59. 59. Color Correction Summary • Goal is to correct color with smallest change to the good monochromatic correction • Temporary stop shift shows where to add color correcting surfaces • Glass choice can minimize color inside the design, giving good chromatic variation in aberrations and low secondary color • Result has few flint lenses and very few glass types
  60. 60. Almost meets polychromatic MTF spec, but is slightly low All FK51 except LF5 50 mm f/1.7, no aspheres, just two glass types
  61. 61. Doesn’t quite meet the on-axis MTF goal. Very constant over the whole field 50 mm, f/1.7 design with no aspherics and just two glasses All FK51 except LLF6 Extra lens added A low index design – highest index is n = 1.53!
  62. 62. 50 mm, f/1.7 design with no aspheric and just two glasses All FK51 except LLF6 As the flint glass choice is changed from F5 to LF5 to LLF6 the secondary color keeps getting better. The line connecting FK51 to the flint glass gets more horizontal as partial dispersions become more equal. But the powers become stronger as the dispersion difference gets smaller. FK51 and F5 pair and FK51 and LLF6 pair
  63. 63. Once get a good design, look for other versions with same number of lenses Very slightly short of MTF specs Meets MTF specs -/+ +/- +/- -/+
  64. 64. This alternate solution has a stronger negative lens, so making it a flint glass shifts the lateral color corrected stop position further to the left = a good thing This doublet replacement for the last aspheric lens has very little negative power, so making that lens a flint glass has little effect on lateral color Try to correct axial and lateral color with the smallest change to a good monochromatic design, and adding the least number of new lenses
  65. 65. This is very unusual – we now have a very high performance camera lens design with only two glass types and with n<1.53!
  66. 66. That is as rare as catching Volkswagons going at it, which they usually only do at night.
  67. 67. • If blue spectrum is more important than in this example, then secondary color must be better corrected • Then flint glasses must be better partial dispersion match to FK51 crowns, such as BK glasses • This requires more lenses to keep the negative lens powers from being too strong. • Or can use both FK51 and KZFS2 to get good color correction but at increased glass expense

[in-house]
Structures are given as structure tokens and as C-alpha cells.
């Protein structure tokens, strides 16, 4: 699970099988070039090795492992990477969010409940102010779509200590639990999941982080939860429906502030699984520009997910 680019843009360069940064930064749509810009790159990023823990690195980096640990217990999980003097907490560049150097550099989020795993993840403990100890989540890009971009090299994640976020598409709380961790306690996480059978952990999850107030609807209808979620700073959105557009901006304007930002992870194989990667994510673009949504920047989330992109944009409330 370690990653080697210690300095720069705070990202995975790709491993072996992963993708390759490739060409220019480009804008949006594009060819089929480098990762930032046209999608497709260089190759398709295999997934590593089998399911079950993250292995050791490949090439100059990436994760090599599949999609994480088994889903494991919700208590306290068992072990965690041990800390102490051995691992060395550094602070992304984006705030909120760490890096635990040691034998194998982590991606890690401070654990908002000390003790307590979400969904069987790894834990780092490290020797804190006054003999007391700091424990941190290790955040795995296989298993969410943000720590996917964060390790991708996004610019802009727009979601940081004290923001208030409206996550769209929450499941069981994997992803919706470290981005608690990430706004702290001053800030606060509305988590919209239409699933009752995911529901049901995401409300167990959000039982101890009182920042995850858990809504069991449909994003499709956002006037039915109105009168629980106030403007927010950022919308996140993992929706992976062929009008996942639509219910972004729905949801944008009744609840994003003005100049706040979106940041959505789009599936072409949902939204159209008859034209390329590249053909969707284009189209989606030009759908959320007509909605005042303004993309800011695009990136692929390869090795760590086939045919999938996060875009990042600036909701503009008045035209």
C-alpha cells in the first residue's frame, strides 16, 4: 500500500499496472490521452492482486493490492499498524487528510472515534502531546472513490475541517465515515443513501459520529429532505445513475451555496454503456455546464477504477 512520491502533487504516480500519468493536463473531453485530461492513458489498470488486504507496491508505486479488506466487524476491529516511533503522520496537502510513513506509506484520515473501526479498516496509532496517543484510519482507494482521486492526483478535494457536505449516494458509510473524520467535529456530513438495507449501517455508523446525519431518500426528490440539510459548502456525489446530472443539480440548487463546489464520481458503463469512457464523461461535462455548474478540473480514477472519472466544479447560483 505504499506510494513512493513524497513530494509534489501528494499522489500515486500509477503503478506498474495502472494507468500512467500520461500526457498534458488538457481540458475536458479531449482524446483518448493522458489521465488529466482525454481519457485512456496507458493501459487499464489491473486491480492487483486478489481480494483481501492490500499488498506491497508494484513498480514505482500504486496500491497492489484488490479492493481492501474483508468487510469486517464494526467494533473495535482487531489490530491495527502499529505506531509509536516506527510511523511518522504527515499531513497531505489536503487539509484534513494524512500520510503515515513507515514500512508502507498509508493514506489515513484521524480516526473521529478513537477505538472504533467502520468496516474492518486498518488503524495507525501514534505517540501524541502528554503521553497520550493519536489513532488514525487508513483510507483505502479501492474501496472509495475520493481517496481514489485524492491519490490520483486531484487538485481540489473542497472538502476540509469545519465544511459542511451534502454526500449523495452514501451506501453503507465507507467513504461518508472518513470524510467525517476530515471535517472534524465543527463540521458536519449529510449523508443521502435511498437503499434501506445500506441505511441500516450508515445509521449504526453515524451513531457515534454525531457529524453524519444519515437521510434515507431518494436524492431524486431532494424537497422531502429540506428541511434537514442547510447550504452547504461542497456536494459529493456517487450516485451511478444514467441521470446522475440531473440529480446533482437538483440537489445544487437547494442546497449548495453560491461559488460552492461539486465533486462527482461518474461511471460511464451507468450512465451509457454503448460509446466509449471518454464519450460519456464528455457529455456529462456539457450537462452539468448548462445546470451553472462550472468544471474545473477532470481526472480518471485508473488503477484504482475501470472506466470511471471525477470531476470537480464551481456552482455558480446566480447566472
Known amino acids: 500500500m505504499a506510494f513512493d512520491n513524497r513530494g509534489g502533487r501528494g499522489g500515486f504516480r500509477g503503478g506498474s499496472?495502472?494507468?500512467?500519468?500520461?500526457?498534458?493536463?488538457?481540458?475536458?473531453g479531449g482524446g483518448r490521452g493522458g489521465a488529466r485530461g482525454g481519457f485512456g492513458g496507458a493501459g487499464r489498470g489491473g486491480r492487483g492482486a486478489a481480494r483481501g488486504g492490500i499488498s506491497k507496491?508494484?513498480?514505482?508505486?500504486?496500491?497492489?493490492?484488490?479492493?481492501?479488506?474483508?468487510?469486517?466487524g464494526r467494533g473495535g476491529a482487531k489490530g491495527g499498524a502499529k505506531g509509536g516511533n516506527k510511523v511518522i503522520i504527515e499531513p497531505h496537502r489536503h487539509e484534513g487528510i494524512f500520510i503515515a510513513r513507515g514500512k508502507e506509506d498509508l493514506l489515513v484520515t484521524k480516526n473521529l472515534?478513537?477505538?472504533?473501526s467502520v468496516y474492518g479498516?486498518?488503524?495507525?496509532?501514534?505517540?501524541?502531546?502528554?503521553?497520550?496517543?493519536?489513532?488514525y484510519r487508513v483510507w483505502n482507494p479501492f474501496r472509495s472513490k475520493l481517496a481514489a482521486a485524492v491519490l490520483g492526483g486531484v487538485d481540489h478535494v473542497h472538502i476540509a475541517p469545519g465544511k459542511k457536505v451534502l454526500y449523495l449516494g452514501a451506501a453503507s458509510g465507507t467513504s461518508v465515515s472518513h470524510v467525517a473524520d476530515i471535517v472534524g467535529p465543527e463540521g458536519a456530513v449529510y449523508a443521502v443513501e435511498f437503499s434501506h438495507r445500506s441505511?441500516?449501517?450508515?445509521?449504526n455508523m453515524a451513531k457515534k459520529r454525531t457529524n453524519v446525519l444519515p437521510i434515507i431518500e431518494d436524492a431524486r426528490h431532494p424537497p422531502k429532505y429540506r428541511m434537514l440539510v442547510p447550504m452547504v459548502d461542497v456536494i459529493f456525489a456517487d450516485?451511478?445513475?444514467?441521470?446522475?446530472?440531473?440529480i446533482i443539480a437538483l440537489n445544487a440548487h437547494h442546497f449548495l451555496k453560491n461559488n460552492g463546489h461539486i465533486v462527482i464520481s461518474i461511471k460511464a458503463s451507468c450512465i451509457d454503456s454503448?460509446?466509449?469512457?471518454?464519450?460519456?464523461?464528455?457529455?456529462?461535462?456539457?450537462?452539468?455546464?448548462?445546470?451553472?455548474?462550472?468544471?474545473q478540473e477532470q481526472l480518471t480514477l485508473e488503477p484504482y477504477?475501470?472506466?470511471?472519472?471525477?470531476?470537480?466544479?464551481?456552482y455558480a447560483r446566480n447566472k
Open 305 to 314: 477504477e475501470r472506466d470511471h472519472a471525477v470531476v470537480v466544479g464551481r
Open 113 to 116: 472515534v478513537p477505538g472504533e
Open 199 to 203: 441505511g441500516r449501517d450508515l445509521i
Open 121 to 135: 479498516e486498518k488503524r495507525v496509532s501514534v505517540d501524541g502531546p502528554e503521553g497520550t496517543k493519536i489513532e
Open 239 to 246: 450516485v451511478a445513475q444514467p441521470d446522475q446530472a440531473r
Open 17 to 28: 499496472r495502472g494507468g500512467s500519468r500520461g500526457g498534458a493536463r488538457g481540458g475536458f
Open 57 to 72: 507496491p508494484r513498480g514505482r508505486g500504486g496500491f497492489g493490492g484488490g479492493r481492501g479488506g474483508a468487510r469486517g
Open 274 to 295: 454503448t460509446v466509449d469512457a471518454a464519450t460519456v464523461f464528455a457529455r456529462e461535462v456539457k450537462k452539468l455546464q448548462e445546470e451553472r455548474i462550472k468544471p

68. 68. Now we have a good design. What’s next? There are only two glass types, both very low index. Now we can consider looking at some higher index glasses, maybe de- cementing one or both of the doublets to get more design variables, optimizing for tolerances, etc. My design method gives a good design that can then be fed into optimizers like a glass expert program to get even better performance. The good design here can be the end of the road or the start of a new path to an even better one.
  69. 69. Moves as a pair Focusing from infinity down to 500 mm object to image distance. stop stop Correction should not change, throughout focusing range - very hard to do I could not find a good solution with this design. What to do next? Back end of design Focusing Requirement
  70. 70. And you thought that you were all done! Best plan is to go back to monochromatic design and temporary aspherics and build in good focusing correction at an early stage of the design evolution. Be willing to start over ! Difficult tasks should not be left to the end of the design process, but should be solved much earlier.
  71. 71. When an almost mature design gets stuck on a difficult requirement it is almost always best to try to solve that problem at an early stage of the design evolution. In other words, start over again!
  72. 72. A General Design Method 1) Always do a monochromatic design first, even if starting from an existing color- corrected design. See if color-correcting surfaces can be removed with no loss in monochromatic correction. Goal is simple starting design with single glass type. Find the simplest design that meets the required monochromatic performance 2) Use aspherics during the monochromatic design evolution but remove them later 3) Find locations to add color correcting surfaces that require the least change in the monochromatic design and the least change in the monochromatic performance 4) Minimize amount of color inside the design. Use no more than 3 glass types. 5) If run into problems, always go back to an earlier monochromatic design to solve them. Be willing to start over!
  73. 73. A General Design Method - Review 1) Always do a monochromatic design first, even if starting from an existing color- corrected design. See if color-correcting surfaces can be removed with no loss in monochromatic correction. Goal is simple starting design with single glass type. 1) Find the simplest design that meets the required monochromatic performance 2) Use aspherics during the monochromatic design evolution but remove them later 3) Find locations to add color correcting surfaces that require the least change in the monochromatic design and the least change in the monochromatic performance 4) Minimize amount of color inside the design. Use no more than 3 glass types. 5) If run into problems, always go back to an earlier monochromatic design to solve them
  74. 74. In addition to being intellectually stimulating this design method is also more fun than sitting around waiting for some global optimizer to slowly grind away at the design task.
  75. 75. This camera lens would be great for nude photography
  76. 76. My time is finished - any questions? This whole slideshow is on the internet at www.slideshare.net/operacrazy/camera-lens-talk